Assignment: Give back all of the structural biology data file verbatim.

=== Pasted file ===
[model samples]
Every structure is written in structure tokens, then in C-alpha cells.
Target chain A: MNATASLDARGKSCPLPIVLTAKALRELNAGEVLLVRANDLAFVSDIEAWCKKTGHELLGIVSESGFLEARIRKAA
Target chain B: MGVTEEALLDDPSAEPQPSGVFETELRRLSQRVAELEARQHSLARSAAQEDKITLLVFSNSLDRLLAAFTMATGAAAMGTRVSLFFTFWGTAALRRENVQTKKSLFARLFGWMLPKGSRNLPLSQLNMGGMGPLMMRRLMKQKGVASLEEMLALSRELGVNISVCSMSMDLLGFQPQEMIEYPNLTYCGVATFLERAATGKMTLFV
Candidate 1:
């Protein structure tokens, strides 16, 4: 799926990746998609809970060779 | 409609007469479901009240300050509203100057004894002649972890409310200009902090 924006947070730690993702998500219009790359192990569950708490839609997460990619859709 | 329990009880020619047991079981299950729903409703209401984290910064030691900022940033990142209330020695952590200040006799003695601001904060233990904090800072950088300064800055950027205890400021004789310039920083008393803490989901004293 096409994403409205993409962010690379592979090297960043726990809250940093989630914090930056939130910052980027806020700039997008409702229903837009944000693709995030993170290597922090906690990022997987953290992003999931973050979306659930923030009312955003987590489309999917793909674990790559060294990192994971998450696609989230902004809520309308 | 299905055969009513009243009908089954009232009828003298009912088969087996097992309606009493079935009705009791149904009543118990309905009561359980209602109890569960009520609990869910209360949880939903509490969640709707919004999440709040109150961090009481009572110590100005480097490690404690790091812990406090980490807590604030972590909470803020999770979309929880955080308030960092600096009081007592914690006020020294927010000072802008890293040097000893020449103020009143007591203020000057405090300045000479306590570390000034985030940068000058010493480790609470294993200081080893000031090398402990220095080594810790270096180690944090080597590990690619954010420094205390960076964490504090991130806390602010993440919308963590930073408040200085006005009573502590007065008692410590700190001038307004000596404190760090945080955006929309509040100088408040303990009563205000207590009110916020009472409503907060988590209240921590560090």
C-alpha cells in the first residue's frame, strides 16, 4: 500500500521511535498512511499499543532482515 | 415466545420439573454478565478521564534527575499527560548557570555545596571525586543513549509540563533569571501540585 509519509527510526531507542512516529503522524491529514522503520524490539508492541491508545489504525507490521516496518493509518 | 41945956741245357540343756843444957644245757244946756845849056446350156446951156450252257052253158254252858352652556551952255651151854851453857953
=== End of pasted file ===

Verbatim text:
[model samples]
Every structure is written in structure tokens, then in C-alpha cells.
Target chain A: MNATASLDARGKSCPLPIVLTAKALRELNAGEVLLVRANDLAFVSDIEAWCKKTGHELLGIVSESGFLEARIRKAA
Target chain B: MGVTEEALLDDPSAEPQPSGVFETELRRLSQRVAELEARQHSLARSAAQEDKITLLVFSNSLDRLLAAFTMATGAAAMGTRVSLFFTFWGTAALRRENVQTKKSLFARLFGWMLPKGSRNLPLSQLNMGGMGPLMMRRLMKQKGVASLEEMLALSRELGVNISVCSMSMDLLGFQPQEMIEYPNLTYCGVATFLERAATGKMTLFV
Candidate 1:
């Protein structure tokens, strides 16, 4: 799926990746998609809970060779 | 409609007469479901009240300050509203100057004894002649972890409310200009902090 924006947070730690993702998500219009790359192990569950708490839609997460990619859709 | 329990009880020619047991079981299950729903409703209401984290910064030691900022940033990142209330020695952590200040006799003695601001904060233990904090800072950088300064800055950027205890400021004789310039920083008393803490989901004293 096409994403409205993409962010690379592979090297960043726990809250940093989630914090930056939130910052980027806020700039997008409702229903837009944000693709995030993170290597922090906690990022997987953290992003999931973050979306659930923030009312955003987590489309999917793909674990790559060294990192994971998450696609989230902004809520309308 | 299905055969009513009243009908089954009232009828003298009912088969087996097992309606009493079935009705009791149904009543118990309905009561359980209602109890569960009520609990869910209360949880939903509490969640709707919004999440709040109150961090009481009572110590100005480097490690404690790091812990406090980490807590604030972590909470803020999770979309929880955080308030960092600096009081007592914690006020020294927010000072802008890293040097000893020449103020009143007591203020000057405090300045000479306590570390000034985030940068000058010493480790609470294993200081080893000031090398402990220095080594810790270096180690944090080597590990690619954010420094205390960076964490504090991130806390602010993440919308963590930073408040200085006005009573502590007065008692410590700190001038307004000596404190760090945080955006929309509040100088408040303990009563205000207590009110916020009472409503907060988590209240921590560090």
C-alpha cells in the first residue's frame, strides 16, 4: 500500500521511535498512511499499543532482515 | 415466545420439573454478565478521564534527575499527560548557570555545596571525586543513549509540563533569571501540585 509519509527510526531507542512516529503522524491529514522503520524490539508492541491508545489504525507490521516496518493509518 | 41945956741245357540343756843444957644245757244946756845849056446350156446951156450252257052253158254252858352652556551952255651151854851453857953